As undergraduates, the four students were also the youngest Invitational participants, three of whom are law students and the fourth an arts and design student. The original idea arose when project leader Chloe Chan identified the lack of a user-friendly database when she worked at a personal injuries lawyer’s firm, and during the LITE course, the team worked with Neighbourhood and Worker’s Service Centre to better understand the needs of the relevant NGOs and injured workers, and then created a process and platform for collecting new data from that and other Hong Kong NGOs to add to the judicial decisions to feed to the open-source NLP engine from Allen Institute.
“The experience of bringing about EC Bank has boosted my sensitivity towards the closer connection between technological possibilities and legal realities, as well as getting acquainted with the adoption of LegalTech in streamlining legal processes,” said project leader Chloe Chan. Ms. Chan said that some of her learnings included “having [to] overcome obstacles such as the building a trustful and collaborative relationship with the participating NGOs, designing a UX/UI that best fits the product users and obtaining their feedback back and forth, as well as choosing and finetuning the key factors to be extracted from court judgements.”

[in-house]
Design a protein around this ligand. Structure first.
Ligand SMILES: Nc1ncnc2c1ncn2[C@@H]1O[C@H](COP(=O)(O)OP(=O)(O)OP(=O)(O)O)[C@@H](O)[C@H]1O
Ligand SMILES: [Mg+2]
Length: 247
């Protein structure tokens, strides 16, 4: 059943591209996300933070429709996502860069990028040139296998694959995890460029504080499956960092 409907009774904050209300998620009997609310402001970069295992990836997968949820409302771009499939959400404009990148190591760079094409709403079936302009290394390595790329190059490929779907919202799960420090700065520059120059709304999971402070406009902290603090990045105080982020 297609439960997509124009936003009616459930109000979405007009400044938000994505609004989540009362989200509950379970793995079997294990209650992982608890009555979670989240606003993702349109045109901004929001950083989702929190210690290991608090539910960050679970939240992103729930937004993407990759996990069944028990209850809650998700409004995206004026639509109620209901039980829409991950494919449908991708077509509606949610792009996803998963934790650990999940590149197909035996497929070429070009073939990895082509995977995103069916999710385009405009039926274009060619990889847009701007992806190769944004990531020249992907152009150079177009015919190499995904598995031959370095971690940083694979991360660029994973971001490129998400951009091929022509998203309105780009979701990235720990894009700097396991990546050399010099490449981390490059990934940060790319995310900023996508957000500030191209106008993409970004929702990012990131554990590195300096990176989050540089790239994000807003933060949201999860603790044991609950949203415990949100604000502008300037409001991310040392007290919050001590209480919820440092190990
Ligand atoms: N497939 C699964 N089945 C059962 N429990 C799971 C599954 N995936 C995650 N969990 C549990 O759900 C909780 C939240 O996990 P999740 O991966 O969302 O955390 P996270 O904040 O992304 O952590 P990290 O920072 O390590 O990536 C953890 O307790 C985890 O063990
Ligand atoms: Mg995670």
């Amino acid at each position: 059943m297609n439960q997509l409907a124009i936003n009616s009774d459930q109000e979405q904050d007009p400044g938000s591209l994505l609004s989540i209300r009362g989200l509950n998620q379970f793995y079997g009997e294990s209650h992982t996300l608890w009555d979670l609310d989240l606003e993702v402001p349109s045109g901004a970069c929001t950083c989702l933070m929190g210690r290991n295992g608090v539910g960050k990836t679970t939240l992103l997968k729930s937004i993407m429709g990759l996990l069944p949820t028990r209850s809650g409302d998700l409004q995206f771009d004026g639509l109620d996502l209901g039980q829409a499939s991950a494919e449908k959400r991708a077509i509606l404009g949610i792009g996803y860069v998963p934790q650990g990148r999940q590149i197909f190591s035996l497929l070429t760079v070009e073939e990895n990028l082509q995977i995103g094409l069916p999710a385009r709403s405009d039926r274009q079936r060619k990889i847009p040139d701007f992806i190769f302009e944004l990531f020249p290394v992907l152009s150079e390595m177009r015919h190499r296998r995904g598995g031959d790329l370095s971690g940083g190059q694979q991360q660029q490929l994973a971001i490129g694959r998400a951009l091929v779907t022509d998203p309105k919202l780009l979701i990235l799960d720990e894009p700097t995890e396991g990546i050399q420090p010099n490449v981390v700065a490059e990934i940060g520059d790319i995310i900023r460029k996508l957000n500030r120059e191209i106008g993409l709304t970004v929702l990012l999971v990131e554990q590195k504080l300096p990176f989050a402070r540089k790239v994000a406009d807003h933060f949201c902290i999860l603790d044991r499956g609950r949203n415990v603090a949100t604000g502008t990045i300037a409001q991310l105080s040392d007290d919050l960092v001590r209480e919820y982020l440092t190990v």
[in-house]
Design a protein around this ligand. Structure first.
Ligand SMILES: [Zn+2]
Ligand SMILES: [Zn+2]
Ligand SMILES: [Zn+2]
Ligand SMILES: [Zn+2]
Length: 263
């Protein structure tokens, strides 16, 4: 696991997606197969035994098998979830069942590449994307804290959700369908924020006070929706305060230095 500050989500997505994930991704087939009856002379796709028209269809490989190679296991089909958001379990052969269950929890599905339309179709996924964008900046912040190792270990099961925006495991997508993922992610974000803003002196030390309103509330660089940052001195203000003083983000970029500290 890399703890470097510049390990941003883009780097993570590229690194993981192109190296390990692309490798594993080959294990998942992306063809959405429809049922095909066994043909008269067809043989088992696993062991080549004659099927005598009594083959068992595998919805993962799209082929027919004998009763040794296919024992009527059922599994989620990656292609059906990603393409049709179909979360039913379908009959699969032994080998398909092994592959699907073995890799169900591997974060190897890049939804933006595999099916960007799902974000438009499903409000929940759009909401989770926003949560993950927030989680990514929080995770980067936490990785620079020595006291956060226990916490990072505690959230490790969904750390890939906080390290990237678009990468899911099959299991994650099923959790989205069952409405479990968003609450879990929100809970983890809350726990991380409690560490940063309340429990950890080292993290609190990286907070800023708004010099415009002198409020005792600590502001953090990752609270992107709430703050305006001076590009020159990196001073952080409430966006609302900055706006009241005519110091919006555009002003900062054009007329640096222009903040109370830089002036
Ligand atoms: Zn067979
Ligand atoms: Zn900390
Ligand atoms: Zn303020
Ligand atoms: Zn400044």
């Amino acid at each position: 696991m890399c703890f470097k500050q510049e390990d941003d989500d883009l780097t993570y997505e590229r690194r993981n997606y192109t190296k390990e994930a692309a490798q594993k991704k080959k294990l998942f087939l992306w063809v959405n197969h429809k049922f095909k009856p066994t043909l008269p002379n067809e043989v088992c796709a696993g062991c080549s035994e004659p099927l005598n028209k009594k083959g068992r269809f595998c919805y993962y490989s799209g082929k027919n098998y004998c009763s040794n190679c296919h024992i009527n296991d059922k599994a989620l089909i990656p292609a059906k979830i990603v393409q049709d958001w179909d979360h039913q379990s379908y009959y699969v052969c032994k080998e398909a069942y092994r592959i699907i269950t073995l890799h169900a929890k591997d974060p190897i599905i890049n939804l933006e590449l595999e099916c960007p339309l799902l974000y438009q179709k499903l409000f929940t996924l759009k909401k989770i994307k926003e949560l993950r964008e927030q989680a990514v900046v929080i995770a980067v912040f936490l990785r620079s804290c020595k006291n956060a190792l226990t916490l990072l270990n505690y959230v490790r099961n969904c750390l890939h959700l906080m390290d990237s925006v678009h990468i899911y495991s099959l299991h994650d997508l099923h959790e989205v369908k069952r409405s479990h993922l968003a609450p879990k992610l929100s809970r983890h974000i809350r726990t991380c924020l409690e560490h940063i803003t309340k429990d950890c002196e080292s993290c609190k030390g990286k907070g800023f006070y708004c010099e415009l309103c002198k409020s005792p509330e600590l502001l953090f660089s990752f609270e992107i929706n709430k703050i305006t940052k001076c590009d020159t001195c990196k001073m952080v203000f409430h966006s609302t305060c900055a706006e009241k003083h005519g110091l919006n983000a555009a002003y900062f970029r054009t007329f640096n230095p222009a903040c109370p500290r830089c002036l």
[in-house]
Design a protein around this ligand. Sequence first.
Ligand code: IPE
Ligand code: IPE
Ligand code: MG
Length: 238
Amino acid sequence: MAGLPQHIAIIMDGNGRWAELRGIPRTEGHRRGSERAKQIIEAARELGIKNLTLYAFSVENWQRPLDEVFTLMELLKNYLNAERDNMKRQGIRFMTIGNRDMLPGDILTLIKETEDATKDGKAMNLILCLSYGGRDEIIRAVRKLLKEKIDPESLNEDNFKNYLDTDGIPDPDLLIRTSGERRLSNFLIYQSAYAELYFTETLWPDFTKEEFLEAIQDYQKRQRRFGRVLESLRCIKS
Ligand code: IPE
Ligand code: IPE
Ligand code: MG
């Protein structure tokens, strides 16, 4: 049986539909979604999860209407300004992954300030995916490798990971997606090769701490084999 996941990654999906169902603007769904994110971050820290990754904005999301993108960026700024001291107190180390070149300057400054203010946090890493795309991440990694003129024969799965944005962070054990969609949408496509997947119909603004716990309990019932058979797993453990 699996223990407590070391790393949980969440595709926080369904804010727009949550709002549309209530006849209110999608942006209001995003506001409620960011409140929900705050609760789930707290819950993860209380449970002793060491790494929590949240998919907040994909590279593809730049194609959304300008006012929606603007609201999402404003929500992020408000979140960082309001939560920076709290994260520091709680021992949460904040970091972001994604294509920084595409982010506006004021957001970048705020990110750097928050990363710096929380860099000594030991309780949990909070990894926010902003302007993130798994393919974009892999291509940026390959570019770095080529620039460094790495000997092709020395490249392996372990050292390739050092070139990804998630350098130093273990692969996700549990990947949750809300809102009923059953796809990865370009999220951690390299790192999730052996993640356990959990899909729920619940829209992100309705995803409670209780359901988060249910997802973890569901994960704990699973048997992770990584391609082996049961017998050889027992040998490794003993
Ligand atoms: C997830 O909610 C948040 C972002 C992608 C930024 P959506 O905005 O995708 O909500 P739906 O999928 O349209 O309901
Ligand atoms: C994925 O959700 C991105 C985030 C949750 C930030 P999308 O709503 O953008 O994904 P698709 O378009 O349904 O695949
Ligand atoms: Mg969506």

Design student Jasmine Poon first because acquainted with LITE Lab@HKU and legaltech through participating in a LITE Lab@HKU mentored team for the Law Society of Hong Kong’s Belt & Road Justice Challenge. “The [LITE] course's projects have been a hackathon of sorts and a crash course for law students to touch upon the basics of entrepreneurship and technology.”
"It was very exciting to see student teams from around the world - including from Australia, Canada, Hong Kong and the United States — present projects they had completed in a single semester,” said organiser Professor Tanina Rostain of Georgetown Law. “All the projects were spectacular, in each case thoughtfully designed to address an important civil legal problem using very sophisticated digital tools. It was especially inspiring in these terrible times to see students who are deeply committed to using technology to improve access to civil justice — and who will be carrying forward this commitment as they embark on their careers as lawyers and technologists. Congratulations to Hong Kong, UC Irvine, Melbourne, and all the other teams who participated."
After the course and their competition submission, the students have been busy. They recruited new student team members with computer science backgrounds; competed and won the AI Future Tense Pitch Competition organised as part of Hong Kong Federation of Youth Groups’ HSBC Future Skills Training Programme; incorporated a company and named it Litex Limited (after the course); and have been accepted into Hong Kong Science and Technology Park’s Science and Technology Entrepreneurship Program.
LITE Lab@HKU’s Brian Tang was very proud of his students. “LITE Lab@HKU provides a sandbox and support for diverse students to connect, develop design-thinking and computational law mindsets and skillsets and create solutions through “hackathon as pedagogy”. Full credit goes to this driven team who showed a lot of initiative and ingenuity to not only come up with and prototype a unique solution, but who also want to find a sustainable way to maintain the project and potentially expand into personal injuries. We look forward to supporting them in their impactful endeavours.”